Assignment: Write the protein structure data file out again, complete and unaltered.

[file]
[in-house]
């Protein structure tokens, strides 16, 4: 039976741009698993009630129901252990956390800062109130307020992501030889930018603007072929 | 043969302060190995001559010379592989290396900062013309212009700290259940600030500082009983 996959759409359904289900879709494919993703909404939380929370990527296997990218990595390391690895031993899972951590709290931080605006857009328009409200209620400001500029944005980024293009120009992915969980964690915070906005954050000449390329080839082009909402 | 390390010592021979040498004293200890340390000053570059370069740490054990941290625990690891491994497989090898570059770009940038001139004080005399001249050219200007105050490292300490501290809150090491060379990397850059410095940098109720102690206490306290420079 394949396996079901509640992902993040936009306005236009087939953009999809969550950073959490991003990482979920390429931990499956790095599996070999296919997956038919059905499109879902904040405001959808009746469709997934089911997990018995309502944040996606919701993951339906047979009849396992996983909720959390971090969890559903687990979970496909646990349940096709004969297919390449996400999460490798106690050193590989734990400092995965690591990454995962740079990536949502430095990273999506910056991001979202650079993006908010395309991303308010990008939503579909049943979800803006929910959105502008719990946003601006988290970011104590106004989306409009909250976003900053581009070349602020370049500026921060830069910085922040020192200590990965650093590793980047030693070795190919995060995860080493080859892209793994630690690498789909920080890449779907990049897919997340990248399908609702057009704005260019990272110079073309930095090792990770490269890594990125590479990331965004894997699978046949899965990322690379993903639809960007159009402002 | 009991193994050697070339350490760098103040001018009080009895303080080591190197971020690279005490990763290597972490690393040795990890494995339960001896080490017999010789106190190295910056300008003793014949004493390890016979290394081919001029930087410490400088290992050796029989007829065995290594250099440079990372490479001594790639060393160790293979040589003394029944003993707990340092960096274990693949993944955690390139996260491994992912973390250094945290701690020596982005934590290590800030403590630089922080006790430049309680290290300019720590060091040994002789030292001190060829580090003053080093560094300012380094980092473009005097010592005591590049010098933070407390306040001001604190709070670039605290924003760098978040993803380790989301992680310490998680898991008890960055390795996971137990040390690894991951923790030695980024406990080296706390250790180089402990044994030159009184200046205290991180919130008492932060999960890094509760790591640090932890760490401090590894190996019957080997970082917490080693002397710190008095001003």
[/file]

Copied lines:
[in-house]
């Protein structure tokens, strides 16, 4: 039976741009698993009630129901252990956390800062109130307020992501030889930018603007072929 | 043969302060190995001559010379592989290396900062013309212009700290259940600030500082009983 996959759409359904289900879709494919993703909404939380929370990527296997990218990595390391690895031993899972951590709290931080605006857009328009409200209620400001500029944005980024293009120009992915969980964690915070906005954050000449390329080839082009909402 | 390390010592021979040498004293200890340390000053570059370069740490054990941290625990690891491994497989090898570059770009940038001139004080005399001249050219200007105050490292300490501290809150090491060379990397850059410095940098109720102690206490306290420079 394949396996079901509640992902993040936009306005236009087939953009999809969550950073959490991003990482979920390429931990499956790095599996070999296919997956038919059905499109879902904040405001959808009746469709997934089911997990018995309502944040996606919701993951339906047979009849396992996983909720959390971090969890559903687990979970496909646990349940096709004969297919390449996400999460490798106690050193590989734990400092995965690591990454995962740079990536949502430095990273999506910056991001979202650079993006908010395309991303308010990008939503579909049943979800803006929910959105502008719990946003601006988290970011104590106004989306409009909250976003900053581009070349602020370049500026921060830069910085922040020192200590990965650093590793980047030693070795190919995060995860080493080859892209793994630690690498789909920080890449779907990049897919997340990248399908609702057009704005260019990272110079073309930095090792990770490269890594990125590479990331965004894997699978046949899965990322690379993903639809960007159009402002 | 009991193994050697070339350490760098103040001018009080009895303080080591190197971020690279005490990763290597972490690393040795990890494995339960001896080490017999010789106190190295910056300008003793014949004493390890016979290394081919001029930087410490400088290992050796029989007829065995290594250099440079990372490479001594790639060393160790293979040589003394029944003993707990340092960096274990693949993944955690390139996260491994992912973390250094945290701690020596982005934590290590800030403590630089922080006790430049309680290290300019720590060091040994002789030292001190060829580090003053080093560094300012380094980092473009005097010592005591590049010098933070407390306040001001604190709070670039605290924003760098978040993803380790989301992680310490998680898991008890960055390795996971137990040390690894991951923790030695980024406990080296706390250790180089402990044994030159009184200046205290991180919130008492932060999960890094509760790591640090932890760490401090590894190996019957080997970082917490080693002397710190008095001003």